Tuesday, 5 April 2016

Usual warning to those seeking my memories of late friend and former colleague Kyril Bonfiglioli, novelist, wit, raconteur and knife-thrower: only the first nine posts of this blog are concerned wholly or in part with his exploits (posts from 31st March to 23rd July 2013) plus a "Mentioned in Despatches" on 9th January 2014. 

Parting the Veils - Part 2

'Aestrid! Listen to me.' The voice was quiet but she could sense an urgency now. 'The guards will be back to search for me. If anyone questions you, say you have heard no one but the guard.'
     'But who are you? You speak in our tongue.'
     'I am Virren Lightstepper. Your father calls me "the Wise". I will be able to take you away from here, but it will take time. Remember, Aestrid, you have heard only the guard. He has heard me but did not see me. They will think him drunk or mad.'
     'I will do as you say, Virren Lightstepper. You have given me hope.' In the distance she could hear other voices and feet approaching cautiously. 
     The footsteps paused. Then someone stepped out stronger, louder, as if he had turned a corner. 
     'You ------ fool!' Aestrid didn't recognise the word but she knew a curse when she heard one.
     'There's nothing here but your broken sword. You'll be flogged for this. What were you doing? Trying to cut through a ------- stone wall?'
     'But there was someone here, sir. I heard him, right beside me.'
     'But you didn't see him. Are you ------- mad?'
     'Sir, perhaps, perhaps it was a djinn, sir.'
     There was silence for a moment. The officer's voice was quiet but menacing. 'There are no djinns here, do you understand? If you say a word to anyone about this, I will ram this broken blade down your ------- throat. I'll put Achmed on guard here. He's too stupid to hear voices when no one's there.
     'Now turn about and get your ------- body out of here!'
     Aestrid heard the stamp of their boots. The sound faded as they marched away. The commander's curses still echoed down the corridor.
     She lay back on the soft cushions of the bed.
     Lightstepper. She remembered the name and some of the stories told about him. They said he could run faster than a deer and no one ever heard him coming or saw him leave.
     Stories, she'd thought - then.
     Someone had pointed him out to her as he entered her father's council chamber. Only his most senior warriors were allowed in there. She called to mind a tall, spare figure with gentle eyes and clean-shaven cheeks, unlike her father's moustached and muscled warrior-carls. She could never imagine Lightstepper swinging a war-axe or handling a heavy spear higher than the tallest man.
     How could such a man get her out of this prison in the middle of these never ending sands, where the sun burned you and drained the life from your body, where you didn't see a tree in a whole day's journey? How could he get her back to her father's ships, three days' camel-ride away? What powers did he possess? What if the stories she had heard were true?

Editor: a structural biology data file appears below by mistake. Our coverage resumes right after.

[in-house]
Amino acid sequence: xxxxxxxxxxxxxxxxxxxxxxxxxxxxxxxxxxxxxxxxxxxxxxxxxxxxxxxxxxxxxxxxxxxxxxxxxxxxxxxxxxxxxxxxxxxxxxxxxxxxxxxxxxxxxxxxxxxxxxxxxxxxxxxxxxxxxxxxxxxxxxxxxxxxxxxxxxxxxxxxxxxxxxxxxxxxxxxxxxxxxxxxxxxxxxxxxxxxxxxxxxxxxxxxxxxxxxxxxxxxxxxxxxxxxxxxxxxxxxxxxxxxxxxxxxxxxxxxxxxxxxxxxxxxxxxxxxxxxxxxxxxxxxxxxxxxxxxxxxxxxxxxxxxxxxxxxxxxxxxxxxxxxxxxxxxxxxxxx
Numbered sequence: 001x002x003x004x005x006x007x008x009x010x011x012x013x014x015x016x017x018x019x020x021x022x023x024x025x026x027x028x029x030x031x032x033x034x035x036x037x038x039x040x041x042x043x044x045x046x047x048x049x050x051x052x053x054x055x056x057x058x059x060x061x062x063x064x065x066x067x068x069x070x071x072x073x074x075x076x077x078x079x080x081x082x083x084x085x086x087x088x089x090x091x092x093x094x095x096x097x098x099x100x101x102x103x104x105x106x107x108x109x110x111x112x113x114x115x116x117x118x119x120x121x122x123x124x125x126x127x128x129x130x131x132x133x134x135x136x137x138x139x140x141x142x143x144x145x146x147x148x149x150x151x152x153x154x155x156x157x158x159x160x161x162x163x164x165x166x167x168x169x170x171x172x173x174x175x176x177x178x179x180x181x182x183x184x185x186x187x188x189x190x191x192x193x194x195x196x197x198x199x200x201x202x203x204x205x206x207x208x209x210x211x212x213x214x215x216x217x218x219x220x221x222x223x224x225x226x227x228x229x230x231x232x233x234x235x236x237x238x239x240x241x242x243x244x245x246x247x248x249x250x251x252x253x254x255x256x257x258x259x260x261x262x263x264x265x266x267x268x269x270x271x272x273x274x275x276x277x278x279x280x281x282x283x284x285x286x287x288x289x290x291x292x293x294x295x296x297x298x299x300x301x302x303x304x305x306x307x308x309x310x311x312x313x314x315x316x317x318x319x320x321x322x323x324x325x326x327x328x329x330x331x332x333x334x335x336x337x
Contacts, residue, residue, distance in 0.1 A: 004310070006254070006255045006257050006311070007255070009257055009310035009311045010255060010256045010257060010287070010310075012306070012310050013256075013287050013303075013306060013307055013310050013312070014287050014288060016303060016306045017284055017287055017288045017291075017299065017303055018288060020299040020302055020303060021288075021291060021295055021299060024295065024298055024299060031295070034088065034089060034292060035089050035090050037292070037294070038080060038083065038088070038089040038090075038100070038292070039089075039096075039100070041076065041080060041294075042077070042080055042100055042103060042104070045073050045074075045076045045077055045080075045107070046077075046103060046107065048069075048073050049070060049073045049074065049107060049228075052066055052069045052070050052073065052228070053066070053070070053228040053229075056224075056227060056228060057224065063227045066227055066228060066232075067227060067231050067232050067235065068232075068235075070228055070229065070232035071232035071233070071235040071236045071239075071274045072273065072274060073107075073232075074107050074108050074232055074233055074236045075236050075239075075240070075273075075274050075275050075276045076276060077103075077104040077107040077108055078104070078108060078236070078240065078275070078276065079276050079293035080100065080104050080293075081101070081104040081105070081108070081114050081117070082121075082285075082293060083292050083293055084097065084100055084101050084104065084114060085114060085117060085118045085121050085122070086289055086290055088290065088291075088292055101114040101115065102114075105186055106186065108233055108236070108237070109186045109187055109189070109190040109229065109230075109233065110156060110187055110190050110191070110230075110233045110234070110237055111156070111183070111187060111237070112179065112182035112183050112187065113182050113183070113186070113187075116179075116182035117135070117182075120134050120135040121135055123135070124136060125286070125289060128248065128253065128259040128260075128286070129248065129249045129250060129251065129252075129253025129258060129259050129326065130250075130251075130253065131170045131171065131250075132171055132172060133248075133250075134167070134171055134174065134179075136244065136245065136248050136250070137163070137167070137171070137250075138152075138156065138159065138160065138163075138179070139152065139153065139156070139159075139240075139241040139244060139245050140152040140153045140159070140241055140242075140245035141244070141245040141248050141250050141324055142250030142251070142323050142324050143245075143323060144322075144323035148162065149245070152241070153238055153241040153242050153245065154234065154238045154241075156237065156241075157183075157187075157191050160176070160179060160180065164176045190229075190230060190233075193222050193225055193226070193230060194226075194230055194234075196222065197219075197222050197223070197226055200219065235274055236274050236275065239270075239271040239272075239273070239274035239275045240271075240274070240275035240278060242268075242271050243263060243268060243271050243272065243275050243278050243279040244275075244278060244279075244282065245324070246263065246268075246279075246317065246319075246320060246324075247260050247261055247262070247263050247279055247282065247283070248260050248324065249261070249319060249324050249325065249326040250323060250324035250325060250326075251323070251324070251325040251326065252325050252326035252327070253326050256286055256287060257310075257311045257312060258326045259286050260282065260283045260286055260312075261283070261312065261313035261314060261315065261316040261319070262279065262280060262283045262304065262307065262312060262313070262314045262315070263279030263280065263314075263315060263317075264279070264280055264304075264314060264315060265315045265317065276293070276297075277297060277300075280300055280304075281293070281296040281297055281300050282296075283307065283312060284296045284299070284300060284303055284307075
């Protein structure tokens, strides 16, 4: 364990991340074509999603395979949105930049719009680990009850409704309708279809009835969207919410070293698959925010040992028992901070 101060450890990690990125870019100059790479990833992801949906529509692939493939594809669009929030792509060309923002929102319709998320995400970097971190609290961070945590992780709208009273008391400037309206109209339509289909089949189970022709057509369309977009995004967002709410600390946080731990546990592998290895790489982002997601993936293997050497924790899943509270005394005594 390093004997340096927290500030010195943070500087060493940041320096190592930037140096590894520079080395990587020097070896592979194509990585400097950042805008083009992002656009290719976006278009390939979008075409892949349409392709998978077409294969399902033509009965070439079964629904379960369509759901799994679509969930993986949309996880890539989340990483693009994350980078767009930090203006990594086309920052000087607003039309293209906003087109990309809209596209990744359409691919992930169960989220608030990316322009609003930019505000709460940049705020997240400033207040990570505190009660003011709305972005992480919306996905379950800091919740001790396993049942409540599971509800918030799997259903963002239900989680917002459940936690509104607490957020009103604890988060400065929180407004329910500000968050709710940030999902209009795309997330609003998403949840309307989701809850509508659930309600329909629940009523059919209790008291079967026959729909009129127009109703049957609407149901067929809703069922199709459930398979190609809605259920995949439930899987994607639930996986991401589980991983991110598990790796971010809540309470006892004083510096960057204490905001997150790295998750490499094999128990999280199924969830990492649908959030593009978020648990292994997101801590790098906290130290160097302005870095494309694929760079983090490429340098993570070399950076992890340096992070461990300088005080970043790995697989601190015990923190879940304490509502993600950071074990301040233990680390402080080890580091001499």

Light flooded her room as the heavy door was flung open. Her eyes closed against the sudden glare and she cried out in alarm. Not fear. No child of the Northlands was allowed to show fear.
     The same three women who had bathed her so thoroughly came and took her, again without a word, along a passage and through three rooms (she counted them; if there was to be a chance of escape she needed to know where she had started from, where she would need to go).
     Virren's whisper startled her. Now it seemed to be inside her head, not coming through a grille in the wall.
     'Aestrid. someone is waiting to question you. Remember what I said. No word of anything, except the guard cursing and swinging his sword. Do not be afraid.'
     She straightened herself and held her head up. The women who were holding her glanced at her, then at each other. Their grip on her arms loosened.
     The fourth room they entered was a small hallway or ante-room. One of the women picked up a hood of white silk, placed it carefully over Aestrid's head and arranged it till it covered her face except for her eyes. They took her forward to what appeared to be a small opening covered by silk curtains. They stood, one at each side, with one hand on the curtain, the other at Aestrid's elbow.
     One said, 'The Commander of the Guard is here. You must answer his questions.'
     They drew the curtains apart. A man stood there, a sword-length away. He was short, thickset with piercing black eyes, which narrowed as he looked into hers. His black robe was like those of the guards who had dragged her into the harem, but lined with gold.
     The commander stared at Aestrid, unblinking.
     Finally he spoke. 'What did you hear a little time before, when you were in your room?' It was the officer she had heard in the corridor.
     Aestrid tried to assemble the few words she knew.
     'I hear man walk outside, then he run, then he shout and bang, like sword, then he run, run fast.'
     'Did you hear anyone else, anything else?'
     Aestrid said clearly, 'Yes, sir.'
     'What?' Sharp and urgent.
     'I hear you. You come back with guard .You shout at guard. Then all go away. Then quiet.'
     'Did you hear anything else?'
     No, sir.'
     He stood, saying nothing. His eyes had never left hers.
     He spoke to the two senior wives, though they were standing out of his sight. 'Enough. I have finished,' then turned on his heel and walked away.

My apologies to both my readers for not posting this on Sunday, as I promised. Blame my weekend thousand-mile  four-leg journey to see my brother in Slough, attend a stimulating philosophy weekend in Oxford, visit an old friend in Birmingham and fly home late on Sunday night.

Part 3 WILL be posted on the 10th, unless I am abducted by aliens. (I feel another story coming on.)

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